In life we have dreams, we have hopes, we have ideals. But what does it mean to have a dream? Everything in this world is in flux. No matter how real we may think things are, everything passes. We all think our life is special, but no matter how happy we are or how much we achieve, we all die.
We live in a dream, in delusion. We can see the beautiful flowers and hear the birds’ lovely songs, but we don’t see what is alive inside that experience. We see a superficial layer of the world and acknowledge that as important. We don’t see that it’s all transient, a dream of a dream. Instead of realizing that we are living a dream, we take the superficial to be real and permanent. But in Buddhism we recognize it all as a dream and awaken to what is real.
It is not bad to have a dream. Because we dream, we can achieve things. But have humans become any better for all the things that have been discovered and created? Have our values improved? Is the world any more at peace? We chase dreams, but we forget to realize ourselves. We have to see the reality and value of who is alive right here and now. When we awaken to the splendid value of each person, we no longer need to depend on dreams and hopes and ideals. Instead, we can depend on our own life right at our very own feet.”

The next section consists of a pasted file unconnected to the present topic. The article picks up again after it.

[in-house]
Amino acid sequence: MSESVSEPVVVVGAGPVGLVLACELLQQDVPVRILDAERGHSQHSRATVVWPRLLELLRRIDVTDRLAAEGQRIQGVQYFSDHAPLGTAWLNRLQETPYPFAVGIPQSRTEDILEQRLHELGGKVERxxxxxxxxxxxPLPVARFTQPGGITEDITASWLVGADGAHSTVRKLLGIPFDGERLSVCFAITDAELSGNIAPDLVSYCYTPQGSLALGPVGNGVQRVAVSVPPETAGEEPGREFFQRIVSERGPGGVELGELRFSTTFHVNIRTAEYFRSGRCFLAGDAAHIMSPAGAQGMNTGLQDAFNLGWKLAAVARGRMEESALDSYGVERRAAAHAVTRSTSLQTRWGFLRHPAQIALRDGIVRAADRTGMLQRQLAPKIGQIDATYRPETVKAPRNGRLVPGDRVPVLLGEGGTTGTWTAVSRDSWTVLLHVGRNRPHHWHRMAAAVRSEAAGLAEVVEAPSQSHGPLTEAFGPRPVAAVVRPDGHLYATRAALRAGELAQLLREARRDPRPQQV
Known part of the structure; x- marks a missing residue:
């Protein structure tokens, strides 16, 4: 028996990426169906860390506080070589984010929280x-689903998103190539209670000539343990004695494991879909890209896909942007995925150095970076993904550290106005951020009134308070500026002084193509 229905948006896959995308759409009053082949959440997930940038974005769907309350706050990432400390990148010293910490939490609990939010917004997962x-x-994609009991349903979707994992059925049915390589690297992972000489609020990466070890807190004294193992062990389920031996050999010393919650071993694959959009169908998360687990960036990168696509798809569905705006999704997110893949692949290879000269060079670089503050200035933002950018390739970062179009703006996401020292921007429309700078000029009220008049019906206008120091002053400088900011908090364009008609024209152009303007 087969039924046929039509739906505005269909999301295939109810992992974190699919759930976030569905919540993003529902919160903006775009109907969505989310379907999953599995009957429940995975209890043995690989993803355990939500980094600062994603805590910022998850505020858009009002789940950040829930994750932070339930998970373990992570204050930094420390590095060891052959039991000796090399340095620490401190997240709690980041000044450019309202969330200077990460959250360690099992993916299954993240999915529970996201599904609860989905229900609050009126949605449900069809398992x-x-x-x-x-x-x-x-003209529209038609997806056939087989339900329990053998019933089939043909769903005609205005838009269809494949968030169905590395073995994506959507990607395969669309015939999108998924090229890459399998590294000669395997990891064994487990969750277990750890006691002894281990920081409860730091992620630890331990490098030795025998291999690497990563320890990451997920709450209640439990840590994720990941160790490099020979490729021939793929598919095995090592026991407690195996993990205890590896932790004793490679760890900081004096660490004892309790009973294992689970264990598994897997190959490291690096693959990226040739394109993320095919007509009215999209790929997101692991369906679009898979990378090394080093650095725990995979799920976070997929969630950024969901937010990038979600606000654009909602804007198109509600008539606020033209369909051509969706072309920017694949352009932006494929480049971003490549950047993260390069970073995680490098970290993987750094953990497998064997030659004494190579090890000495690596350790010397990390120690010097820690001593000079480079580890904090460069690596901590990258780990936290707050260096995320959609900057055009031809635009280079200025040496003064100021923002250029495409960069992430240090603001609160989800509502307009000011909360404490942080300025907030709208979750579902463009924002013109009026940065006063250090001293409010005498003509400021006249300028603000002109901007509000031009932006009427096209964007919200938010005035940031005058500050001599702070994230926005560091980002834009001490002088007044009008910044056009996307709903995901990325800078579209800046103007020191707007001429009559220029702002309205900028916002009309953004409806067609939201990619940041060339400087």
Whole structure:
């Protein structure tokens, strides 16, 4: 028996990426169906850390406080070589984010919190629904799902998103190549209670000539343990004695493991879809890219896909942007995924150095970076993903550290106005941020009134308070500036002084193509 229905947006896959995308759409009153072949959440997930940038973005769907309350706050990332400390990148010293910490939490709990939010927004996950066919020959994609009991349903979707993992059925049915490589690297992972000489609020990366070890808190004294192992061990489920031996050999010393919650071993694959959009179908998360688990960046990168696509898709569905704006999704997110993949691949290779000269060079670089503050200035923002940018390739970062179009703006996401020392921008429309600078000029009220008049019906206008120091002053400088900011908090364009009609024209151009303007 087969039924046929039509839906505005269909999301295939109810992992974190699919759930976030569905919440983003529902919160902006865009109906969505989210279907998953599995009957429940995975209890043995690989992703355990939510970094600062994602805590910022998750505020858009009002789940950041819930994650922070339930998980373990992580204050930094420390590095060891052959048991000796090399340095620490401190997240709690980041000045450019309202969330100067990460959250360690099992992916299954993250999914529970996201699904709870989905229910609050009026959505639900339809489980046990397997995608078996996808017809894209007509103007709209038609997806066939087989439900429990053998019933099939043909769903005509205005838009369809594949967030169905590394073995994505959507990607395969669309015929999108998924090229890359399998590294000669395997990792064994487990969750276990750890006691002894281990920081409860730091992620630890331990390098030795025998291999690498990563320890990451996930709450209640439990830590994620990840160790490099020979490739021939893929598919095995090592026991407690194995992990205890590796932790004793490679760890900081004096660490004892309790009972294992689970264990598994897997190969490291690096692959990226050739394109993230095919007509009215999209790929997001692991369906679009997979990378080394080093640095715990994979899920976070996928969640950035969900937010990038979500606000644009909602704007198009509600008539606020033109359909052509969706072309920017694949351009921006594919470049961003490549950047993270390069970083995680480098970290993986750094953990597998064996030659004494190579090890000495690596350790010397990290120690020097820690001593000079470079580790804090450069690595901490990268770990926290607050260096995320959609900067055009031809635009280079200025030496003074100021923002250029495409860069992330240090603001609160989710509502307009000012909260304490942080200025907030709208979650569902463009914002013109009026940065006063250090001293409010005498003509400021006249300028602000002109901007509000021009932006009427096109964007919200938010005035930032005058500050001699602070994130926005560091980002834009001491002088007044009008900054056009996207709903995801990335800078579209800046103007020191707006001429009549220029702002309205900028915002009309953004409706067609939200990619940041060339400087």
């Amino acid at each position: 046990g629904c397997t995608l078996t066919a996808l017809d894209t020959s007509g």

Seed Of Compassion And Wisdom
I don’t really think of Zen students or Zen teachers. I think of Zen practitioners. We are all practitioners, whether we practice a lot or a little. Whether as a student or a teacher, our job is to practice. For those of us who are laypeople, we will sometimes be able to practice a lot, and sometimes only a little. But we need to keep practicing. As students, that is the biggest gift we can give our sangha. As teachers, that is the bone of teaching. But how do we encourage each other?